Last April, I received a phone call from an old friend who wanted to vent about a colleague who was particularly struggling as a virtual leader. Like many others, they were working from their respective homes due to COVID. My friend had observed that this colleague, who was leading a team of six, was holding a daily Zoom check-in call at 8:00 am for her team because “she wanted to make sure that they had gotten up.” “Doesn’t she know what she is doing to morale?” my friend expressed in disbelief.
While this story may be an outlier, many leaders were forced into uncharted territory last year, trying to maintain productivity and engagement during a highly challenging time. Fast forward a year, as we find ourselves slowly getting back to normal, many companies are choosing to allow folks to continue to work from home for various reasons.
When we are leading people in an office environment, we can observe their daily behaviors. When we manage remotely, that goes away. But endless Zoom calls and check-ins are not the answer. To lead effectively in a virtual environment, we need to keep the following in mind.
Be crystal clear about your expected outcomes.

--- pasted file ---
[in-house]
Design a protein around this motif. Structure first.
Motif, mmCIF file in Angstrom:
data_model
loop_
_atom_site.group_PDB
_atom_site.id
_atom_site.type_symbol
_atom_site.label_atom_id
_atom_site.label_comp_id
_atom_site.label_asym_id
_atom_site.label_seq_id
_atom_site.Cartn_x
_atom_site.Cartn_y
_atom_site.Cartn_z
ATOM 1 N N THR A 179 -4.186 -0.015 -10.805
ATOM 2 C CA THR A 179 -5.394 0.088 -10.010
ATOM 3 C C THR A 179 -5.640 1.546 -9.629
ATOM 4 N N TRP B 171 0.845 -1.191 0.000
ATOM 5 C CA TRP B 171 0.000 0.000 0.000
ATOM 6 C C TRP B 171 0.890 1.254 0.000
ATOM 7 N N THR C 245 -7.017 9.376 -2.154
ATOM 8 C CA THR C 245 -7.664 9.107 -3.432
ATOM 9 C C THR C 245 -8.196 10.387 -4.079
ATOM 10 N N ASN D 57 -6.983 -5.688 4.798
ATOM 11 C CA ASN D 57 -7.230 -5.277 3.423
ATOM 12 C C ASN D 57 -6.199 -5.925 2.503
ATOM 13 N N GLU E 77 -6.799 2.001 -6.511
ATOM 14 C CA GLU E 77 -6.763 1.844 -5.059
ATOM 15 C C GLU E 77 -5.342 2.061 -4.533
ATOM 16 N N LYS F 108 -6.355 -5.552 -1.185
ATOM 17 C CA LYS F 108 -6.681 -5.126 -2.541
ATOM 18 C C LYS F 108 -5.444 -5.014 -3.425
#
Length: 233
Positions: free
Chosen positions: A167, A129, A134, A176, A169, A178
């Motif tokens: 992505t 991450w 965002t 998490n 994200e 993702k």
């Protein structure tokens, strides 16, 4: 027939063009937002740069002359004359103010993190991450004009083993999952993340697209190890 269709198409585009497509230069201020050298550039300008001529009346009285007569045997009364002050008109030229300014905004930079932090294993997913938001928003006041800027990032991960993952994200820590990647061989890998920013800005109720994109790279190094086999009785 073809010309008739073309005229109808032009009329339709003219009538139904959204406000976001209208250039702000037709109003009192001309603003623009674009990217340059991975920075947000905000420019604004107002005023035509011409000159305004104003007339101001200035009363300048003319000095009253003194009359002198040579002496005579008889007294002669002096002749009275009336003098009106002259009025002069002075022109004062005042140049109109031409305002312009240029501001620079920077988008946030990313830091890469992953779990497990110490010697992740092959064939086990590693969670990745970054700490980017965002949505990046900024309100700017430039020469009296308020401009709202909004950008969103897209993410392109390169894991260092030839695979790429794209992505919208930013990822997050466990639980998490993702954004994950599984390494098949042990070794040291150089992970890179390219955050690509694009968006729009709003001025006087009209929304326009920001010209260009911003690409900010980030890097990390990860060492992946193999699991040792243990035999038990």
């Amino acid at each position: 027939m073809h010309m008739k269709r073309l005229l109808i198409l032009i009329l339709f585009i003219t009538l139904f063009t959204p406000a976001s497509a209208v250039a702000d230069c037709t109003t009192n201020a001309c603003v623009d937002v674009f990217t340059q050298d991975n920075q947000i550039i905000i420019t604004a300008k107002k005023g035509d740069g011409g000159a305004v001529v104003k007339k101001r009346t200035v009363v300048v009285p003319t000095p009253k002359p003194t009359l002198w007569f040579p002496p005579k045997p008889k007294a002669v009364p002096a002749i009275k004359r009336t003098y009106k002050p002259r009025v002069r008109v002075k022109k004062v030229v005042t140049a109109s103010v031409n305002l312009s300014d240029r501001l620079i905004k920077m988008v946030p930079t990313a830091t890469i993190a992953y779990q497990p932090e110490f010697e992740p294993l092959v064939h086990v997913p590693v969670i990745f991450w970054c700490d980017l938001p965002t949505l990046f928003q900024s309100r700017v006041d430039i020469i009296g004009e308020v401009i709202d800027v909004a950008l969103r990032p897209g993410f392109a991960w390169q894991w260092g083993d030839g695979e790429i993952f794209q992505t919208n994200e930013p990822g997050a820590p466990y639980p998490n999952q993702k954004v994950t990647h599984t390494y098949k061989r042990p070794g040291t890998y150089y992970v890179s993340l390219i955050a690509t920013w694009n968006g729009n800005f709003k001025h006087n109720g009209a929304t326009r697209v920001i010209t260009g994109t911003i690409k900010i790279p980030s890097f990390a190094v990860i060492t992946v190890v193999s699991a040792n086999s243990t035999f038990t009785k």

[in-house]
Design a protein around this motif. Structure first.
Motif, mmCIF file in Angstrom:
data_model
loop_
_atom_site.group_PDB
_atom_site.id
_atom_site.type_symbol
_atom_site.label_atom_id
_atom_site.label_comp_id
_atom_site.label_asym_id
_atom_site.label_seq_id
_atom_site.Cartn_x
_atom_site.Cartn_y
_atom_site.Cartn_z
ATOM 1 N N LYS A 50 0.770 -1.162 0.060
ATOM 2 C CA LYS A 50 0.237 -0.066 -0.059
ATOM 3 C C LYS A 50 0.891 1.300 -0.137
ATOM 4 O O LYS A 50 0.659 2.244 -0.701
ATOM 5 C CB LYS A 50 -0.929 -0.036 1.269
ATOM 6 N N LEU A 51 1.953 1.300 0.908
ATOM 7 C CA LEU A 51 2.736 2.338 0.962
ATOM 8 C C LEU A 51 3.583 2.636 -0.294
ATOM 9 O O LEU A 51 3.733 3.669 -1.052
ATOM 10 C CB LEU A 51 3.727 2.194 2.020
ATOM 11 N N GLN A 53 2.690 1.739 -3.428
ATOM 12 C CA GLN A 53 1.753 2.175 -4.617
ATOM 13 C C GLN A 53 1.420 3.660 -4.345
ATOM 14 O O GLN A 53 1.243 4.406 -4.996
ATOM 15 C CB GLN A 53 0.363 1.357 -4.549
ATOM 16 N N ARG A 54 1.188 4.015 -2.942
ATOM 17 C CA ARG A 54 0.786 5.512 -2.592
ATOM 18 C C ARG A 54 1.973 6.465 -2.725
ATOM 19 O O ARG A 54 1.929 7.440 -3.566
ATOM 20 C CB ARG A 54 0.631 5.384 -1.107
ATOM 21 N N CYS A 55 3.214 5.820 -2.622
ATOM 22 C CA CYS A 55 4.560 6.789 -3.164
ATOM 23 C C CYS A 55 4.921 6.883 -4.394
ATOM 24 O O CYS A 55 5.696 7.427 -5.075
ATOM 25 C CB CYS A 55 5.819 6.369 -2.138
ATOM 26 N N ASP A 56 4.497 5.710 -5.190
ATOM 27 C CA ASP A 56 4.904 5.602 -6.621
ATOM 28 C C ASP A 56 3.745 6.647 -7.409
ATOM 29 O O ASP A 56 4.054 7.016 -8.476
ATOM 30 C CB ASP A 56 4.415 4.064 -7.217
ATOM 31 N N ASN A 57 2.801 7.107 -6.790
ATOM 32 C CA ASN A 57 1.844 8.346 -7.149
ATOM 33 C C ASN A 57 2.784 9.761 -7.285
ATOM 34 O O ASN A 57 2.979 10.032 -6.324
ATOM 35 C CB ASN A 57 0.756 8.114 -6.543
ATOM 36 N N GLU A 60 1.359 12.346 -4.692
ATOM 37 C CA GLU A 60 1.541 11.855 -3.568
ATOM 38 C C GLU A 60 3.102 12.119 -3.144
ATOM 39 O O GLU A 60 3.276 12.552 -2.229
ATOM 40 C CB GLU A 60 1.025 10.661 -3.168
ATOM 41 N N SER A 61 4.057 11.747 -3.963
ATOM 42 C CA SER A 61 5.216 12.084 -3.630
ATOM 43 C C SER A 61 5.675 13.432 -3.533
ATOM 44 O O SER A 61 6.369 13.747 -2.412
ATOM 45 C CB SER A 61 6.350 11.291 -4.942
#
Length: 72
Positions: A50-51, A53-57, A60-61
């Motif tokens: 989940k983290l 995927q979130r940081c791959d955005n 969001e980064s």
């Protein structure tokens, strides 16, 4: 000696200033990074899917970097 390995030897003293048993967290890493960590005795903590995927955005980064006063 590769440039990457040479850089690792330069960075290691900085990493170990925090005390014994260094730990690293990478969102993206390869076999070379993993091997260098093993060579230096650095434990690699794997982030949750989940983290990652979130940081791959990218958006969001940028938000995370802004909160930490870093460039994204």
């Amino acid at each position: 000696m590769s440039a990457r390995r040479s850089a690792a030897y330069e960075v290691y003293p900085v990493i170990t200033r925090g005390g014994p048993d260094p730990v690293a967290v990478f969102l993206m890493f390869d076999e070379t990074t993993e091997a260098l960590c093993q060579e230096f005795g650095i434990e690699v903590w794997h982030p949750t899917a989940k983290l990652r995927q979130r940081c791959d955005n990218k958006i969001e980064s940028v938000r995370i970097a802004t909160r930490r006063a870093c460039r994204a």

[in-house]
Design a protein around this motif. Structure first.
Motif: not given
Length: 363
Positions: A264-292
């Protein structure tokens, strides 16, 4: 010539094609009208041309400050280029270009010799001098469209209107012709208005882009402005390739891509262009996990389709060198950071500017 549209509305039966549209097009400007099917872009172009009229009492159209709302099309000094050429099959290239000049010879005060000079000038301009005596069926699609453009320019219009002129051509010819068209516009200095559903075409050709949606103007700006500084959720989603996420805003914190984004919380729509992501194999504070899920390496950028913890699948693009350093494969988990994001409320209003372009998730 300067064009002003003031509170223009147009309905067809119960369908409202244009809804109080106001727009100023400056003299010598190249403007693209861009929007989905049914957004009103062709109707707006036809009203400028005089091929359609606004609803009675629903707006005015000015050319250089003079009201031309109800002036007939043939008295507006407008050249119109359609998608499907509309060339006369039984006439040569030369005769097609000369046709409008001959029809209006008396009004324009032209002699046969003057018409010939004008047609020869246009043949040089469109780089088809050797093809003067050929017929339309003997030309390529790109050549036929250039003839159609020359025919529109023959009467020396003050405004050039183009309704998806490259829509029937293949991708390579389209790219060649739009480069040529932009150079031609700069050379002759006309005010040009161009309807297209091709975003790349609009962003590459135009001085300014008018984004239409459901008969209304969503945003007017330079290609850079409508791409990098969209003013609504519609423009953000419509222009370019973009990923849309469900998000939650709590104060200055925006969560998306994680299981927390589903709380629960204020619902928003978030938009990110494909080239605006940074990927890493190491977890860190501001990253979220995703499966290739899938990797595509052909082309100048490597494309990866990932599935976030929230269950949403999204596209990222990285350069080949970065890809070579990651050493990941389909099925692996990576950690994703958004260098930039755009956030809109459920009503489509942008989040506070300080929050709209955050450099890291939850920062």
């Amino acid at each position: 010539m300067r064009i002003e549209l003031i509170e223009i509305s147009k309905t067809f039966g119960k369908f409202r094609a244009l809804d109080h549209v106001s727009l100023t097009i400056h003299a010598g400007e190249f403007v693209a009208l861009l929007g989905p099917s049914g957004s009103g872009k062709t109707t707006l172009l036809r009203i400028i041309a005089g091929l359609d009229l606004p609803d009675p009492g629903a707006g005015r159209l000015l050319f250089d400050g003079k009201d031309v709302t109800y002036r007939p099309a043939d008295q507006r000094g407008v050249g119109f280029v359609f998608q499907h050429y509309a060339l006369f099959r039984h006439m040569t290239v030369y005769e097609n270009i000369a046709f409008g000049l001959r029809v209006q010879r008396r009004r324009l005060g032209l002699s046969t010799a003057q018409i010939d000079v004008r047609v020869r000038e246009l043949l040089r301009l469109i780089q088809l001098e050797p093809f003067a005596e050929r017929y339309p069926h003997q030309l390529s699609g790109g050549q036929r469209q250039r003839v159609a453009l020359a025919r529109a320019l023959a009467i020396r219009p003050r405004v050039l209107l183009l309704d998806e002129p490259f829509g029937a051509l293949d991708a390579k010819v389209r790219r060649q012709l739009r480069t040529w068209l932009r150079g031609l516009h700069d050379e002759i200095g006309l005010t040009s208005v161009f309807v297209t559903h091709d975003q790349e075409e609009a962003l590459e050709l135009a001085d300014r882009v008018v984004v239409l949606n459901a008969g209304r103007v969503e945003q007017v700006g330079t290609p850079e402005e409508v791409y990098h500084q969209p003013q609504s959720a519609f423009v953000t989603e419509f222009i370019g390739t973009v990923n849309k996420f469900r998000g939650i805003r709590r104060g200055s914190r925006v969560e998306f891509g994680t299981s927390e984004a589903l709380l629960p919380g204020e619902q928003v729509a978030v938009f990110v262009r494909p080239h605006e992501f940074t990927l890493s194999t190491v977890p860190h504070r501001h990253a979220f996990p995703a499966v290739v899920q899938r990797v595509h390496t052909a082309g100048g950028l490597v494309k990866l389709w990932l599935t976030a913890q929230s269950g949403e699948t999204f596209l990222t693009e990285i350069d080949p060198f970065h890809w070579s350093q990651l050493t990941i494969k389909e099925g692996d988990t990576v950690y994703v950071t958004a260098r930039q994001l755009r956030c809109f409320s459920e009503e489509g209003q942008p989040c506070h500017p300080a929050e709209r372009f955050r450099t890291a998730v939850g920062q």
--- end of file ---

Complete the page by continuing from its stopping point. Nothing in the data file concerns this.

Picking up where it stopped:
Shift your mindset from “time spent” to “getting the work done.” If the results are there, does it matter whether the person is working 35 hours or 60?
Lead from a position of trust.
People need to believe that their leaders have their backs and feel trusted to get done what needs to be done. Some studies during COVID indicated that many people were working 25-30% longer hours than they were when working in an office.
Connect with your people
. Checking in with them to see how you can help, what challenges they are facing, and plain old chit-chatting creates social connection and fortifies that feeling of trust.
And finally, be intentional about meetings.
Use them to make decisions and design actions. Don’t overdo it with Zoom.
Continue the discussion on leading virtual teams with Kristen Schmitt at her session Virtual Leadership: Engaging Fully and Onboarding Effectively
on August 3. Register here.
This article originally appeared on the MICPA website.
Source: Kristen Schmitt – President, Thrive to Lead, LLC, New Albany, OH